Seeing errors during connect



We are using aerospike server of version in production on AWS front-ended by AWS Lambda APIs in Python.

We use aerospike python client in AWS Lambda, to connect to the server. What we are seeing is that a decent majority of requests are having the errors of “ClientError: (-1L, ‘Failed to seed cluster’, ‘src/main/aerospike/as_cluster.c’, 417)”. The server is working fine, I see this errors after one second of trying to connect to the server. We receive a good number of requests and we try to connect to the server for every request.

Questions in this regard:

  1. The server health is fine. Any specific reasons for this error, and possible to avert the same ? Our timeout is 5 seconds, yet get this error just after a second. Is it that we are crossing a limit anywhere ?
  2. We are seeing good amount of CPU spikes in the server for a tps of 500. Is it because of constant connections creation for every API call.
  3. If the answer to 2) is yes, then can we create a connection upfront and use it for subsequent requests as well in AWS lambda ? Also what would be the lifetime a request can live if this the case?

Please let me know if you need anything else from our end.

Thanks, Karthik


Does AQL work ok? How many hops between your client and your cluster?


Yes, it is working fine. One hop only. Client directly connects to the cluster.


You’re saying that you try to connect to the server for every request. Why are you doing that? Why not keep the connection open and continue to use the same client object? There is no need to reconnect for every request


Any idea how long the client object would be available before a timeout or something ? Or is there any ? How do we handle situations like the server crashing, or changing it perhaps ? How do we invalidate those stale client objects, please understand that I am using AWS lambda. Any other way to refresh them ?


Assuming you have a cluster (more than 1 node), the active cluster keeps track of which nodes are active and sends updates to the client. If for some reason a node goes down or comes online, this detail is sent to the client (in about 1 second or less, typically [configurable]). This way the client can keep up to date on what servers to call. The client object should say connected unless you close it. There is no timeout for idle activity. You can check in your code that the client object is still valid by checking the isconnected boolean. ex… if(client.isConnected()){ //we’re ok }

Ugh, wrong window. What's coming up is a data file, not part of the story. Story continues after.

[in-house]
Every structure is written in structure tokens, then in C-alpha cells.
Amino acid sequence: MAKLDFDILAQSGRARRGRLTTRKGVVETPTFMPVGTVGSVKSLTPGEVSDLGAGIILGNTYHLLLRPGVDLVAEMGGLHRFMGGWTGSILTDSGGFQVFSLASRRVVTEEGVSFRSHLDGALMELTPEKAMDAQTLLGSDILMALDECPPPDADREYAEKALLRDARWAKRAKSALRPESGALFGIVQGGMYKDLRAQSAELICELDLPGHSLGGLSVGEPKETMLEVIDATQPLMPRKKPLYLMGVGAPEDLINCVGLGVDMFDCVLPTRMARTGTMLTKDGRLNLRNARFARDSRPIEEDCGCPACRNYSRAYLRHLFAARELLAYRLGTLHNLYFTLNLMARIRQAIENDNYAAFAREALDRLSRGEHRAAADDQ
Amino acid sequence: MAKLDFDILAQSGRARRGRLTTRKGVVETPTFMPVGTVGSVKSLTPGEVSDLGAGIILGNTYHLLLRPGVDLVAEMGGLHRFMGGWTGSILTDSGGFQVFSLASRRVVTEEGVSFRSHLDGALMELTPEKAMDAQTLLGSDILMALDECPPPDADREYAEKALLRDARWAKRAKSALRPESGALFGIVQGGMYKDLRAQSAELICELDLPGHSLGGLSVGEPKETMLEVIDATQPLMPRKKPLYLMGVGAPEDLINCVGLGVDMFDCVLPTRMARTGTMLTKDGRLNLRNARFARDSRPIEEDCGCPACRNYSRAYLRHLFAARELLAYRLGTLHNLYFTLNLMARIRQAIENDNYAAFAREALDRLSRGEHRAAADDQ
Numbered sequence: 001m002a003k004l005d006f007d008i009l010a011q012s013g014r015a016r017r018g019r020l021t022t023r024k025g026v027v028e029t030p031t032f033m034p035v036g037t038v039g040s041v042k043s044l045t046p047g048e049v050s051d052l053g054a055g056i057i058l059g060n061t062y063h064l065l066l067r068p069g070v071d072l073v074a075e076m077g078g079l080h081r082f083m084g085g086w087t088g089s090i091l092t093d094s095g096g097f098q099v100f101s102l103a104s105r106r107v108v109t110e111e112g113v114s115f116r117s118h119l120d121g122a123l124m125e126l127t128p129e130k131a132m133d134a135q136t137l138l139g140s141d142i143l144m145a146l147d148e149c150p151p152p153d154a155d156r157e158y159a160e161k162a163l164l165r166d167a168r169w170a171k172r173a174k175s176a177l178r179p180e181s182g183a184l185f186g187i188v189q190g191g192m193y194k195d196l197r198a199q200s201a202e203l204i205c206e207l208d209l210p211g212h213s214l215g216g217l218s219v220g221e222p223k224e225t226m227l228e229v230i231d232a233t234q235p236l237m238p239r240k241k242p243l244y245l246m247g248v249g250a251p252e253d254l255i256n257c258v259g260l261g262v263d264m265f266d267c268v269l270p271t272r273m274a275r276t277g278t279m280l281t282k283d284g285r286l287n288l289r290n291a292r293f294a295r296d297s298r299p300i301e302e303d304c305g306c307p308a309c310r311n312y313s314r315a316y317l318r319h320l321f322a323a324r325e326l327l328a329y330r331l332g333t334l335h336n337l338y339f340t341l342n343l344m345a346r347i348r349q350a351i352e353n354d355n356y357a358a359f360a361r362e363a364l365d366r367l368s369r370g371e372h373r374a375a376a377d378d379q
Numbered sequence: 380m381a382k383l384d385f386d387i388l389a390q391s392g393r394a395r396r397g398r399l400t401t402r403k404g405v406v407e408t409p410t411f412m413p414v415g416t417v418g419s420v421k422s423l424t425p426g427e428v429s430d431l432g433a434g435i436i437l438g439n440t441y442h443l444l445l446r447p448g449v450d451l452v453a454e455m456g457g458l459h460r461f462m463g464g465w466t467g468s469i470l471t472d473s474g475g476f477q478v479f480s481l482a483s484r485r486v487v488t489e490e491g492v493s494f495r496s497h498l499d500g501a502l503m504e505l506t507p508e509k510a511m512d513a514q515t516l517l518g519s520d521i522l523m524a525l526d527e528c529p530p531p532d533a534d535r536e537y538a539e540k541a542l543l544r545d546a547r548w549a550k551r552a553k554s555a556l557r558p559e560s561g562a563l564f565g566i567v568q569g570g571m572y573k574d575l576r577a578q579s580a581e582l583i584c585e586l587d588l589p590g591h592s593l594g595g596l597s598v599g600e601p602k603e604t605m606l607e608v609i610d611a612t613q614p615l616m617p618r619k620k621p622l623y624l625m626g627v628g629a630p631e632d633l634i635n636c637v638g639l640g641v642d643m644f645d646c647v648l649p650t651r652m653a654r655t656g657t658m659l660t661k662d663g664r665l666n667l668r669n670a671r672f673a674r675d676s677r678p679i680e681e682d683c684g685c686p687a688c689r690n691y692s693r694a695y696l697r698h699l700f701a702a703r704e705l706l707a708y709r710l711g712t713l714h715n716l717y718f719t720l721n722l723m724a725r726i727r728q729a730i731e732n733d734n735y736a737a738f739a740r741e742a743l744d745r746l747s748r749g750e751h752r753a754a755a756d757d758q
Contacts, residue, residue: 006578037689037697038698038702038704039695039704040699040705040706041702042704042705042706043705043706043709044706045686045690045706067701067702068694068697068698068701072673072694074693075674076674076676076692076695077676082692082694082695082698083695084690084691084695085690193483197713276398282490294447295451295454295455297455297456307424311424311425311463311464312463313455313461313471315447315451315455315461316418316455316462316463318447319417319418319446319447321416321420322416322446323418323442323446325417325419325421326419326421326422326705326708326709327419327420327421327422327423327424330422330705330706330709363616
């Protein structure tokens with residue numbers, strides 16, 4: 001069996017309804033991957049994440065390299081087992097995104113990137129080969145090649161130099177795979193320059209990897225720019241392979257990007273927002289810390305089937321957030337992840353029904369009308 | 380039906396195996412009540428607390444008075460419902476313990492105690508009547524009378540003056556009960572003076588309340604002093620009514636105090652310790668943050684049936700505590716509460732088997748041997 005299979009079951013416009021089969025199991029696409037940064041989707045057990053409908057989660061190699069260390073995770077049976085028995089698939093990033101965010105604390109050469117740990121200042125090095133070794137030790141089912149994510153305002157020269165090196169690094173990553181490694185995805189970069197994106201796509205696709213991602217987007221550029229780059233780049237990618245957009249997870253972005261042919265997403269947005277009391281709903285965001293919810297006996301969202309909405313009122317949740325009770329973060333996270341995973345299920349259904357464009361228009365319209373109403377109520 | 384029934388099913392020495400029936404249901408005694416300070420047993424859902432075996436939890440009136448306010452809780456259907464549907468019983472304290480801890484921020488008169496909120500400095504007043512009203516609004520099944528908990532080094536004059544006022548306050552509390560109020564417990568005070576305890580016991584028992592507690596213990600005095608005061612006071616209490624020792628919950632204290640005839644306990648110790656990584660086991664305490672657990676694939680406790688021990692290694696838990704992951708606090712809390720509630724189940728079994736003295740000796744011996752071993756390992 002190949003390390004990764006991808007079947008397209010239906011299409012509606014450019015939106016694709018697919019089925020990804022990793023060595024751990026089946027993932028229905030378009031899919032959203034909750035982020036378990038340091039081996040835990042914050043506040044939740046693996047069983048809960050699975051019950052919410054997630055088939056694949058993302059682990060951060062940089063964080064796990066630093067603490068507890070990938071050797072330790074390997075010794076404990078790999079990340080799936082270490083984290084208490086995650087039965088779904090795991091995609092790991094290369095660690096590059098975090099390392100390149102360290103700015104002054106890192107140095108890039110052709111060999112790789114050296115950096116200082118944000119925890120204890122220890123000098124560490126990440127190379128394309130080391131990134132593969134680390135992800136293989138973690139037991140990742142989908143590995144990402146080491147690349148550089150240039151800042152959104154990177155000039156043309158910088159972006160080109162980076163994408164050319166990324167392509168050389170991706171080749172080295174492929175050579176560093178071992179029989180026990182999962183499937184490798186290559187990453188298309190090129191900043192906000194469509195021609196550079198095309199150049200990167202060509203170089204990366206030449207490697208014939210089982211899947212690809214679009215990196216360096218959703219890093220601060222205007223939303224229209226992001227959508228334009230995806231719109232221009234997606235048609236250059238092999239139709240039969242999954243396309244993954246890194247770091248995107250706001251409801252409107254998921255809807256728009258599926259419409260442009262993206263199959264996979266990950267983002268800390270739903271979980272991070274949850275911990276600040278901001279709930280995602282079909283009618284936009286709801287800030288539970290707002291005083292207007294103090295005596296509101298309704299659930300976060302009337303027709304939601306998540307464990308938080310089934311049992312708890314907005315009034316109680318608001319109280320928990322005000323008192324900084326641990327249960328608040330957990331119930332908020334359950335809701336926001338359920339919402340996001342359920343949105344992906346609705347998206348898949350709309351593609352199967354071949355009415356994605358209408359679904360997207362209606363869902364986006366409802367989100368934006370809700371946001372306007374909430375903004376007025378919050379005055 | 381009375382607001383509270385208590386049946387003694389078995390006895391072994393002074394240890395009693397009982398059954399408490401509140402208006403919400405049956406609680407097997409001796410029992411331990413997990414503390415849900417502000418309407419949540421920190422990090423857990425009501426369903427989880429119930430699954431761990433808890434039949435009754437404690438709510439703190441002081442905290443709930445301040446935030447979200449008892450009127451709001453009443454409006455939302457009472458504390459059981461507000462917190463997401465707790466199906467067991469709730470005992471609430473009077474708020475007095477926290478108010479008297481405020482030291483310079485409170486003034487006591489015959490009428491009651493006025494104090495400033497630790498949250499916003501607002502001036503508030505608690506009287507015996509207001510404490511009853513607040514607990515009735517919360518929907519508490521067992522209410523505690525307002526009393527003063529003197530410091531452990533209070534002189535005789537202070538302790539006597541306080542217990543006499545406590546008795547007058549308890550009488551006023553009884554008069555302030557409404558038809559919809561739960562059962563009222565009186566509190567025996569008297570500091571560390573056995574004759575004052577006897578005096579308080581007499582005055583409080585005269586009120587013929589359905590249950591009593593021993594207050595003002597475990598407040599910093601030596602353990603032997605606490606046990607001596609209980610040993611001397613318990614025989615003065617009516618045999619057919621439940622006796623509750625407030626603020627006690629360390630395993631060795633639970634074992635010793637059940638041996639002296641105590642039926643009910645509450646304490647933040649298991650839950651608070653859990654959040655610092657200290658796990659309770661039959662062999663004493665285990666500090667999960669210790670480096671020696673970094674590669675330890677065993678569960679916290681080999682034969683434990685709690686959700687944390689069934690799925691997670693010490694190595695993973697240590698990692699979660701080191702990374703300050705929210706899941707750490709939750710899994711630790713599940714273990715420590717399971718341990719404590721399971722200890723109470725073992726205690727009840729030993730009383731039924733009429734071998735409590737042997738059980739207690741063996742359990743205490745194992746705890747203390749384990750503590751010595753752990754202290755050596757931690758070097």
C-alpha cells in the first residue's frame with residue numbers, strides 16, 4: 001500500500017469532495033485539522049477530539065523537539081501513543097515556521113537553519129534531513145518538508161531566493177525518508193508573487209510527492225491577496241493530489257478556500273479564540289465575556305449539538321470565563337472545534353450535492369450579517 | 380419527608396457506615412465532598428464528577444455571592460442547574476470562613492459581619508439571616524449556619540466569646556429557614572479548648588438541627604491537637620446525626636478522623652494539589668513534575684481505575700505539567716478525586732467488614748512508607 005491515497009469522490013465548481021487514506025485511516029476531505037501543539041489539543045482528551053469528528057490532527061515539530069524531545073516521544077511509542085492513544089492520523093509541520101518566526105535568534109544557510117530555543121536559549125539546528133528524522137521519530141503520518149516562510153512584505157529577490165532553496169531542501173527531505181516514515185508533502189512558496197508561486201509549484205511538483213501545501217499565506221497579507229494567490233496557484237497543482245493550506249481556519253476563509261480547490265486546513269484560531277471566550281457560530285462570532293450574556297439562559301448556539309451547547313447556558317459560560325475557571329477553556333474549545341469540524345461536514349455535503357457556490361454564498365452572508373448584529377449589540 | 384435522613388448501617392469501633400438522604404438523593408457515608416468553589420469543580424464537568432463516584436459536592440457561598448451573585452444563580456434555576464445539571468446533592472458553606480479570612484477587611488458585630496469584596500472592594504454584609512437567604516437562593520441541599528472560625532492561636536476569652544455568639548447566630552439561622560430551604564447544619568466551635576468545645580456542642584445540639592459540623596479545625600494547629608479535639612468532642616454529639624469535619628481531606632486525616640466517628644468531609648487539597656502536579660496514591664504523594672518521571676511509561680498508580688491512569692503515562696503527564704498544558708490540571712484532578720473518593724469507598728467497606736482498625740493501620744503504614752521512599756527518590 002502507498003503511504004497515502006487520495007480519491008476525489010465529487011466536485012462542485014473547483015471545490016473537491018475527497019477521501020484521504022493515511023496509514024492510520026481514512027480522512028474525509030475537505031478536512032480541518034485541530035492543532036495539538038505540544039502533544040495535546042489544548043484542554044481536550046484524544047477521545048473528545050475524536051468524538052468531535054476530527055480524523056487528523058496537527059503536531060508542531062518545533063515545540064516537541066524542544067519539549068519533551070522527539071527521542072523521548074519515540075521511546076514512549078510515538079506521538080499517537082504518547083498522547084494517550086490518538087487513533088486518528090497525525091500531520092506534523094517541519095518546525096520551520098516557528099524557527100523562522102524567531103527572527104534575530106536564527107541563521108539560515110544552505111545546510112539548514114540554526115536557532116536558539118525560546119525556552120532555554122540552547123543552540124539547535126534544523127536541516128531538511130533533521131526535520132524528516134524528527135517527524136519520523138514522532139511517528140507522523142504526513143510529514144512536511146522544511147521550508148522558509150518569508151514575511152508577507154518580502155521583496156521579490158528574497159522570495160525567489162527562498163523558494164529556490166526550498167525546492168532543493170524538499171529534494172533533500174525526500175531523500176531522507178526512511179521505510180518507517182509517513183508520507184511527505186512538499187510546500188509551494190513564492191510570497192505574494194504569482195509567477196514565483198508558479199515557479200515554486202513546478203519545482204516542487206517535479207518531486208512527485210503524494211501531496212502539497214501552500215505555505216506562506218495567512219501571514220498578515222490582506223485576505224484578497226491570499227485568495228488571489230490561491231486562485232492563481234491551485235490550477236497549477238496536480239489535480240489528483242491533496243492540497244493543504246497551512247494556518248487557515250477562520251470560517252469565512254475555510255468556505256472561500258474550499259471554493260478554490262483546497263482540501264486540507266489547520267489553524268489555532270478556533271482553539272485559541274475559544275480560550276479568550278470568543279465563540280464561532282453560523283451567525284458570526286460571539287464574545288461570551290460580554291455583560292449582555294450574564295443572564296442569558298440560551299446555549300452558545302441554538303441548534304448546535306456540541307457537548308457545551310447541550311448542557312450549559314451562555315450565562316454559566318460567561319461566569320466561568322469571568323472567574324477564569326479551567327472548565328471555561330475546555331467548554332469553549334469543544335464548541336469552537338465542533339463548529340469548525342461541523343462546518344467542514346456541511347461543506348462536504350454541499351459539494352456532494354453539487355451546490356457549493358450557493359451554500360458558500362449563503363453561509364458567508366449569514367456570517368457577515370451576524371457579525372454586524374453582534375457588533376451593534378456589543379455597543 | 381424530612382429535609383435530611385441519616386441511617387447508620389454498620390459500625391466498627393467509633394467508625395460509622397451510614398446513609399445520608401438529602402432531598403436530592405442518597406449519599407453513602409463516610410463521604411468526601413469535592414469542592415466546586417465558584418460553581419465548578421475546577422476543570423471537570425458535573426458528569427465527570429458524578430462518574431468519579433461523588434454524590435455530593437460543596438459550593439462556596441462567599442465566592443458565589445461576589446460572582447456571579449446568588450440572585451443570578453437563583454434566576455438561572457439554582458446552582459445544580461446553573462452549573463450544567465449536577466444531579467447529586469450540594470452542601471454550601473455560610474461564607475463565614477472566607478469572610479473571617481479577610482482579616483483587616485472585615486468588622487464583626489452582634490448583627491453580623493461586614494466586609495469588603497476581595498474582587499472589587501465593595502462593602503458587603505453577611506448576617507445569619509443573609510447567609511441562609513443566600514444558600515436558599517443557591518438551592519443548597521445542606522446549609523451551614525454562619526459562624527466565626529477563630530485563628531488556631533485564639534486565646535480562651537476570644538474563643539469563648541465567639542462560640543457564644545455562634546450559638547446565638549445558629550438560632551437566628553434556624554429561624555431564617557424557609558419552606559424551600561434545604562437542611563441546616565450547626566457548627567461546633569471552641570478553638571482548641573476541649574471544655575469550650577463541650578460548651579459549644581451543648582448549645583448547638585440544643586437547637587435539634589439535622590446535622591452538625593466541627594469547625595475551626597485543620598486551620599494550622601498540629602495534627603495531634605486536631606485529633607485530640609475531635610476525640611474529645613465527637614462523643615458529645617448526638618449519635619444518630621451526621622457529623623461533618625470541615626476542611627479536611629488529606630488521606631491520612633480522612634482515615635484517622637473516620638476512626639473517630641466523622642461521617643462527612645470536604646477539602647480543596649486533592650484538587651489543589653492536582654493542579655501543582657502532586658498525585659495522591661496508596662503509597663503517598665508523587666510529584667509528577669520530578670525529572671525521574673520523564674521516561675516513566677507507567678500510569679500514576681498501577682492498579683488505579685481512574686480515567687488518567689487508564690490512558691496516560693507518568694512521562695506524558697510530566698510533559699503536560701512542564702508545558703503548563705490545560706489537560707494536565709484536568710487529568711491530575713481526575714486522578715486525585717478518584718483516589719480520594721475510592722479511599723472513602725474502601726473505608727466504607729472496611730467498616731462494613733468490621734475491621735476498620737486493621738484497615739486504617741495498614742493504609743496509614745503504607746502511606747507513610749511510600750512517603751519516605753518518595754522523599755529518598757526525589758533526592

Not sure what you mean by “Any other way to refresh them?”. Like I said, you should be able to continue using the same client object :slight_smile:


Yep, I have the isConnected check.

Also Albot, I see this error “AEROSPIKE_ERR_DEVICE_OVERLOAD” is my logs quite often. Specially while making doing a write. My writes are not much - 250/300 tps. Not sure what I could be missing in here.


Are you connecting over and over from the same app (destroying and re-creating the client object)? thats what it sounded like


I think the error you mentioned in your last post means your disk is too slow. What does iostat -x look like during your writes?


Here is the output:

Yes, that is correct. I will try moving to creating a client upfront and using it in the application later-on for every read and write. Will get back if I still see the connect errors.

Here is the iostat output:

Linux 3.13.0-92-generic () 07/09/2017 x86_64 (2 CPU)

avg-cpu: %user %nice %system %iowait %steal %idle 1.91 0.00 1.05 0.51 0.06 96.47

Device: rrqm/s wrqm/s r/s w/s rkB/s wkB/s avgrq-sz avgqu-sz await r_await w_await svctm %util xvda 0.00 0.62 0.03 9.40 3.04 1137.43 241.70 0.05 5.12 2.90 5.13 1.25 1.18

The server is an m4.large instance with the root-device volume-type of “Provisioned IOPS SSD” of value 3000 IOPS.


3000 IOPS does not mean you’ll get 3000 TPS. 1 write operation could be several IOPS. Maybe try running ACT against one of the instances and see how well it performs. Are you using “file” as your device storage? You should get better performance if you have a partition assigned instead of going through the kernel file system too.